First edition of Le Tourneur’s monumental translation, instrumental in securing Shakespeare’s reputation in France.more...
Preceded only by La Place’s pioneering but partial translations (1745-49) and by some individual translations by Voltaire and Ducis, Le Tourneur’s is the first attempt at the complete works. Inspired by the 1769 Shakespeare Jubilee, Le Tourneur prefaces the collection with a long account of the Stratford celebrations presided over by David Garrick (taken without acknowledgement from Benjamin Victor’s History of the Theatres of London, 1771) and with a biography drawn mainly from Rowe. There is also an important critical essay using materials from Rowe, Pope, Theobald, Hanmer, Johnson and Sewell. The extensive subscribers’ lists (a second lists new subscribers since the start of publication) contains prominent names in both France and England.
The story of Shakespeare’s slow acceptance in France, in the face of prevailing classicism, is well known — Le Tourneur’s translations were the first to allow French readers to make their own judgements and they perfectly reflect the transition from classicism to romanticism in French culture. Indeed, the preface is considered to contain the very first printed appearance of the word ‘romantique’ in the French language, with Le Tourneur referring to the suitably romantic prospect of a clouded landscape and then stressing the need for both the word and the concept in French.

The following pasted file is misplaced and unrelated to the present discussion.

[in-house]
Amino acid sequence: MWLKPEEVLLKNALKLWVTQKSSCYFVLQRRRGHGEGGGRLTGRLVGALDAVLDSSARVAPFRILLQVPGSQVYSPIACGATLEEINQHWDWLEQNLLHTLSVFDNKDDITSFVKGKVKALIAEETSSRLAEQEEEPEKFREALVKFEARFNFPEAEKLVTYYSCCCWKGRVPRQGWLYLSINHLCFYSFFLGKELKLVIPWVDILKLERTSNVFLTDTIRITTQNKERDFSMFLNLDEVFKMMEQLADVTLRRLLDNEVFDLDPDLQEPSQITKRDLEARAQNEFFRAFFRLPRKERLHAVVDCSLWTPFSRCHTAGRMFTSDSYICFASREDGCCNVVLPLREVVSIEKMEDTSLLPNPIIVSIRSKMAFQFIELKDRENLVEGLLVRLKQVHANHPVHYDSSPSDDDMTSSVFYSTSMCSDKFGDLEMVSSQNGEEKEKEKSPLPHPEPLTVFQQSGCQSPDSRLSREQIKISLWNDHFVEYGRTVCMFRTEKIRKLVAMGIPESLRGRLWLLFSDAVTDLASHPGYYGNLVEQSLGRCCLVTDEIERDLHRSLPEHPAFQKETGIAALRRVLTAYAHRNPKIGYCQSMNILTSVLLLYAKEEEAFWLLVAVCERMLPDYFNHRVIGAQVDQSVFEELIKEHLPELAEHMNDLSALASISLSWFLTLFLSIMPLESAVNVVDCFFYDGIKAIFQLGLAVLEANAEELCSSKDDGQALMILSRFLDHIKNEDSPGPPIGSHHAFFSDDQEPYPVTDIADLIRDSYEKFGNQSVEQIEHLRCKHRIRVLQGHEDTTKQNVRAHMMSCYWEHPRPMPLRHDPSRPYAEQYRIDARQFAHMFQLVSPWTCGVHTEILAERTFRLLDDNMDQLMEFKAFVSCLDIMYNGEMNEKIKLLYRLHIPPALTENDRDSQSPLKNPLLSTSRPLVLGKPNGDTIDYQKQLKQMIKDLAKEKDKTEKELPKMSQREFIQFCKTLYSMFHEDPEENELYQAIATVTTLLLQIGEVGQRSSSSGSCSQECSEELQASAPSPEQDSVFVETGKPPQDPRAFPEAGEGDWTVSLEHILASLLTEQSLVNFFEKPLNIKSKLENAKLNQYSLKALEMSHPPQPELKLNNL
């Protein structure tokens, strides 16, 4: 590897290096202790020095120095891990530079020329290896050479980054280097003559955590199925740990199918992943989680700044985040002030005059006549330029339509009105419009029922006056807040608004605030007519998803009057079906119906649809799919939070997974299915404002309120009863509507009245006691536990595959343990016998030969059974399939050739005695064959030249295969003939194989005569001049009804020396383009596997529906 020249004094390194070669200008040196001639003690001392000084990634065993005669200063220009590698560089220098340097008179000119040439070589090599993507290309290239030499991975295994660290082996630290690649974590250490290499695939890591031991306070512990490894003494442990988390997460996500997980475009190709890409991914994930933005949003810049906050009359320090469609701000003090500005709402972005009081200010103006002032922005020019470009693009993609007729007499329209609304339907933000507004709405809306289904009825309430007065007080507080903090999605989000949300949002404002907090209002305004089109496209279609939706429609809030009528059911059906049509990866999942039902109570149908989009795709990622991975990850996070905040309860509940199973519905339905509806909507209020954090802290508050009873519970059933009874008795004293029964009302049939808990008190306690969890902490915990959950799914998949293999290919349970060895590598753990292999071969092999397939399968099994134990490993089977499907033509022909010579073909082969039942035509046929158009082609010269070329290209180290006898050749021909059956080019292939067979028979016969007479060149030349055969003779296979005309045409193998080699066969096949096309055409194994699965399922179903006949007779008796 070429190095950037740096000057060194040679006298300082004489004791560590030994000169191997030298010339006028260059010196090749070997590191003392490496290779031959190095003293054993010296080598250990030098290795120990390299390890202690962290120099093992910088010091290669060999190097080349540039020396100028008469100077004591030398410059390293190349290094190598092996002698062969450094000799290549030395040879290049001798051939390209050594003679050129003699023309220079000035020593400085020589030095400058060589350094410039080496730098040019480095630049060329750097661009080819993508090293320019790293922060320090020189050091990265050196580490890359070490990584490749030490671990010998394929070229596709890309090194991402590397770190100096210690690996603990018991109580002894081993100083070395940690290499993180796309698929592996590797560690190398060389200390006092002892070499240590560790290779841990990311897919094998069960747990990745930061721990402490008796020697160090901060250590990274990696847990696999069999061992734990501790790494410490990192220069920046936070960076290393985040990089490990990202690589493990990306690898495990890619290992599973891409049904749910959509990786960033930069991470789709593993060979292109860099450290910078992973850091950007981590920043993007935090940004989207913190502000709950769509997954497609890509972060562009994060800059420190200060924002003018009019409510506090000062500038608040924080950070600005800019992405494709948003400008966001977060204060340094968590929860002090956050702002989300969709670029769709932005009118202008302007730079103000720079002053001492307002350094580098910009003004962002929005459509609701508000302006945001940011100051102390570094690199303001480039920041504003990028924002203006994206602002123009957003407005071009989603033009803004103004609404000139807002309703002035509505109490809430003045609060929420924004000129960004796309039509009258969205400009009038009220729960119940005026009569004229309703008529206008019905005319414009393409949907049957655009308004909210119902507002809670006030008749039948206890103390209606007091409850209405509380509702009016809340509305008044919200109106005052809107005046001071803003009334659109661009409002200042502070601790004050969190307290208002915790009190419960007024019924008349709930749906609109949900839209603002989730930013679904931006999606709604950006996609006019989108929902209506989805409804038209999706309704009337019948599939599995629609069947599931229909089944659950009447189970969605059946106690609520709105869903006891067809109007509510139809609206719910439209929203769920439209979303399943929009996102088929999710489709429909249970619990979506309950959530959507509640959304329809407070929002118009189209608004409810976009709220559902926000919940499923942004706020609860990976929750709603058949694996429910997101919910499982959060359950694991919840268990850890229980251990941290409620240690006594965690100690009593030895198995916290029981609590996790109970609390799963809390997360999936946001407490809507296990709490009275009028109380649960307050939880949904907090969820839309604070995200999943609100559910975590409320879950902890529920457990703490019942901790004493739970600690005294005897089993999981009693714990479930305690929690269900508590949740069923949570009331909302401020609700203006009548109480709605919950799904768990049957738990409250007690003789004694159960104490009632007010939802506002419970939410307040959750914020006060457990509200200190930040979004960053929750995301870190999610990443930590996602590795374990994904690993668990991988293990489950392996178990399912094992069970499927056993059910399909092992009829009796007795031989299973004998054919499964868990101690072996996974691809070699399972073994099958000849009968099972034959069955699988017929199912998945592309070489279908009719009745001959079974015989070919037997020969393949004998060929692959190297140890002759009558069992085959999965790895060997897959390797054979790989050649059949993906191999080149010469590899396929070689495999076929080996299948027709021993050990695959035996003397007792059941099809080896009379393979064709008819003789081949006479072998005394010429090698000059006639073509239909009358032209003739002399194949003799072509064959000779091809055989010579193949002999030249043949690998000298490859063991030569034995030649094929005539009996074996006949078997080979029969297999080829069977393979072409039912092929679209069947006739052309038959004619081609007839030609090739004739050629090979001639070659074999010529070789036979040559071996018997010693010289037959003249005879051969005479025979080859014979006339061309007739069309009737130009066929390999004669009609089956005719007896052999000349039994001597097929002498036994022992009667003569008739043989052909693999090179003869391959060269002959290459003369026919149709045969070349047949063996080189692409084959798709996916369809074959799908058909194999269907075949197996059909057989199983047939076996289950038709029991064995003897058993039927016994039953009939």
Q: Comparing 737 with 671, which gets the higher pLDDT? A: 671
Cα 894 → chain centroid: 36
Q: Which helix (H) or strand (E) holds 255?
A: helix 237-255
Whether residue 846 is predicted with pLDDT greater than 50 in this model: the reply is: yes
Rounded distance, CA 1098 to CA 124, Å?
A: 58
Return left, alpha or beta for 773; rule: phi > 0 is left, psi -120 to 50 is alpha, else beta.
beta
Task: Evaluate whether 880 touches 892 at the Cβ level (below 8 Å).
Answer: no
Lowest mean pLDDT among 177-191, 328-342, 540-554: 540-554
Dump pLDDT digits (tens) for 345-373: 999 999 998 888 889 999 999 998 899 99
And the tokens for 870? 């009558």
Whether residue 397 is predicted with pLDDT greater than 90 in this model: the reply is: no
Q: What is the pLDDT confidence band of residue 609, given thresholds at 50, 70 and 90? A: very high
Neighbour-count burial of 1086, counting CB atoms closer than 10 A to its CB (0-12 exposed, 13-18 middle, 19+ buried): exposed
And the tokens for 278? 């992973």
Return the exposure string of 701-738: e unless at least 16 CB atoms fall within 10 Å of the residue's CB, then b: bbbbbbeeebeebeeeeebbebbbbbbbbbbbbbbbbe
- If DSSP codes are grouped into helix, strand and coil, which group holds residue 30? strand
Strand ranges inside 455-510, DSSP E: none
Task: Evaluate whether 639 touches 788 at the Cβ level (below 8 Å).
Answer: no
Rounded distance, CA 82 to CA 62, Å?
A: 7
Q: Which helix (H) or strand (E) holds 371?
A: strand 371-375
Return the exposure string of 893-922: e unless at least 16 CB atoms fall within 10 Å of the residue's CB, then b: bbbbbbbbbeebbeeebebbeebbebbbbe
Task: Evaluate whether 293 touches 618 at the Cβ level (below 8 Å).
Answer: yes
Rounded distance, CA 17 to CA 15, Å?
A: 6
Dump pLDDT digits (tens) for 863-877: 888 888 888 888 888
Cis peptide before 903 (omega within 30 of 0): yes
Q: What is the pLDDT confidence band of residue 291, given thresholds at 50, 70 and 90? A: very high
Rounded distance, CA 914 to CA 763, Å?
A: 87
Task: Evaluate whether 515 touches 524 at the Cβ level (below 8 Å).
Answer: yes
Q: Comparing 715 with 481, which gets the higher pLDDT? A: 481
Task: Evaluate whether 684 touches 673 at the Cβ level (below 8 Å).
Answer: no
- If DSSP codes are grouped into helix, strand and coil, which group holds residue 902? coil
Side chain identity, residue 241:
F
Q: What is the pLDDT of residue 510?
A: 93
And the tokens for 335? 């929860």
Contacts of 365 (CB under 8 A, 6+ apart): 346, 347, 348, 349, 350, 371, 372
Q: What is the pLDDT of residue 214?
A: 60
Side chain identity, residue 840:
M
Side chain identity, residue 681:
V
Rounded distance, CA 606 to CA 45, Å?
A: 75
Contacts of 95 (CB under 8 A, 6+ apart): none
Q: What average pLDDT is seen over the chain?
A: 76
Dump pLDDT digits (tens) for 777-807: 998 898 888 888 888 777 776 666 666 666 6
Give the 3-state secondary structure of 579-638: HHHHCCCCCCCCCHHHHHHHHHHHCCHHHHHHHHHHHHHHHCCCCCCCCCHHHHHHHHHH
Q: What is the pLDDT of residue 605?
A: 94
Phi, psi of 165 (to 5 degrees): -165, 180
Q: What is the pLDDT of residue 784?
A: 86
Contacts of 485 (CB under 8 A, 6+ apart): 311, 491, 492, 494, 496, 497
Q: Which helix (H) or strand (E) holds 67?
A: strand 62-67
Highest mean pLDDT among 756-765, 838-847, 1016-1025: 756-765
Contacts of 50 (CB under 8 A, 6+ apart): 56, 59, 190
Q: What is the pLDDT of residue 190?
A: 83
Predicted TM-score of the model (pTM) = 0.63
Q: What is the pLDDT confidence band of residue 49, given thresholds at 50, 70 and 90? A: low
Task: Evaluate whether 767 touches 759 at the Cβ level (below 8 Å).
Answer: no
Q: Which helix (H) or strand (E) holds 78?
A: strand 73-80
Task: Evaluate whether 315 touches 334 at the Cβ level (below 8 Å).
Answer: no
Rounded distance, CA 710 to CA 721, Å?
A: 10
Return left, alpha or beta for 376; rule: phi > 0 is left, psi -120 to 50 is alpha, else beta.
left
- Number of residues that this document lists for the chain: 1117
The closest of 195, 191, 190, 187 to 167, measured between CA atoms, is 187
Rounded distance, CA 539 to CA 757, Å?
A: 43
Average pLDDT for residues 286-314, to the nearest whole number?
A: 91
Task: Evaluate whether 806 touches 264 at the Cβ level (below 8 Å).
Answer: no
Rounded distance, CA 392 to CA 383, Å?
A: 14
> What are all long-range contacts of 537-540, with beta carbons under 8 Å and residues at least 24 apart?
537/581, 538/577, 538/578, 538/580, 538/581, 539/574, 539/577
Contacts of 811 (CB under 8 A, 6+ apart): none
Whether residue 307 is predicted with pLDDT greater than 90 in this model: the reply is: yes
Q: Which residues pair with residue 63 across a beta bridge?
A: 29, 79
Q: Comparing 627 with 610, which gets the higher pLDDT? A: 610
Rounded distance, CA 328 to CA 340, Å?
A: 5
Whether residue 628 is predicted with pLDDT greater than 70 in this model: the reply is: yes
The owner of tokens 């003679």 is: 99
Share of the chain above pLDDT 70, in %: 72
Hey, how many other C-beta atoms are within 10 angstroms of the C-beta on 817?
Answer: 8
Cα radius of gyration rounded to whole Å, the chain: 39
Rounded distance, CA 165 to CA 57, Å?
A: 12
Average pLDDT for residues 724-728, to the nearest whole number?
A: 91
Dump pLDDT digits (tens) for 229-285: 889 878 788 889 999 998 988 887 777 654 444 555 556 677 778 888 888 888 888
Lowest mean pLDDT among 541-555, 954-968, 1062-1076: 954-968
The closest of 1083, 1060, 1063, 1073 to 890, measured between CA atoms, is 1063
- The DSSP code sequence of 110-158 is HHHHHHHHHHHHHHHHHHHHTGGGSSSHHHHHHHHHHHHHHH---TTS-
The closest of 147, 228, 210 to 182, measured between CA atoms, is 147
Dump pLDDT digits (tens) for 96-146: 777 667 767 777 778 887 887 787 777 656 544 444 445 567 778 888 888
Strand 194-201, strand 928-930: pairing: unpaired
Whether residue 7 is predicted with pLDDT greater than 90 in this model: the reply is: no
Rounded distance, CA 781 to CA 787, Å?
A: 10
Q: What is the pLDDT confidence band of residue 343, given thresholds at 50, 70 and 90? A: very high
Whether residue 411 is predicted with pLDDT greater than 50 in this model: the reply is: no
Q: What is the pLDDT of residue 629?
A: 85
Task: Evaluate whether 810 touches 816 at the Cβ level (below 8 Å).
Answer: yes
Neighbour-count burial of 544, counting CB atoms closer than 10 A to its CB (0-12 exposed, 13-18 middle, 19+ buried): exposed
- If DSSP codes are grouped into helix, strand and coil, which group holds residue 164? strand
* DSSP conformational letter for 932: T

The edition provoked the ire of the ageing Voltaire (always ambivalent to Shakespeare) who on receiving the first volume wrote in a letter to friend: ‘I must tell you how upset I am for the honour of the theatre, against a certain Tourneur, who is said to be Secretary of [La Librairie], but who does not seem to me the Secretary of Good taste. Have you read two volumes by this miserable fellow, in which he wants to make us all treat Shakespeare as the only model of true tragedy?... What is frightful is that this monster had a following in France; and the height of calamity and horror is that it was I who was once the first to speak of this Shakespeare, it was I who was the first to show the French some pearls that I discovered in his enormous dung-heap’ (translated by Davidson, Voltaire: a life, 2010, p. 439)..see full details
Dumas’s Kean was first performed in Paris just three years after the English actor’s death and was re-invented by Sartre in the 1950s for Pierre Brasseur, on the actor’s suggestion.more...
The premiere took place on 14 November 1953 and was directed by A.-M Julien. This copy of the programme is signed by Brasseur and by Roger Pigaut, Claude Gensac and Georges Paumier. The play was a great success and was published by Gallimard in 1954..see full details
Marescalchi was born in Bologna, then in the Papal States, on 26 February 1754, into a noble family, he became a hereditary member of the Senate of that town. He later supported Napoleon in Italy and prospered under his patronage..see full details
A dramatic adaptation of Fielding’s Tom Jones for the French stage by Choudard-Desforges, with its sequel. The plays were written for performance by the Comédie-Italienne, of which the playwright Desforges had been a member..see full details
Considered to be the best play the author wrote in the traditional medium, a landmark in the history of the Italian theatre. The author was later the first Italian playwright to be awarded the Nobel Prize for Literature. .see full details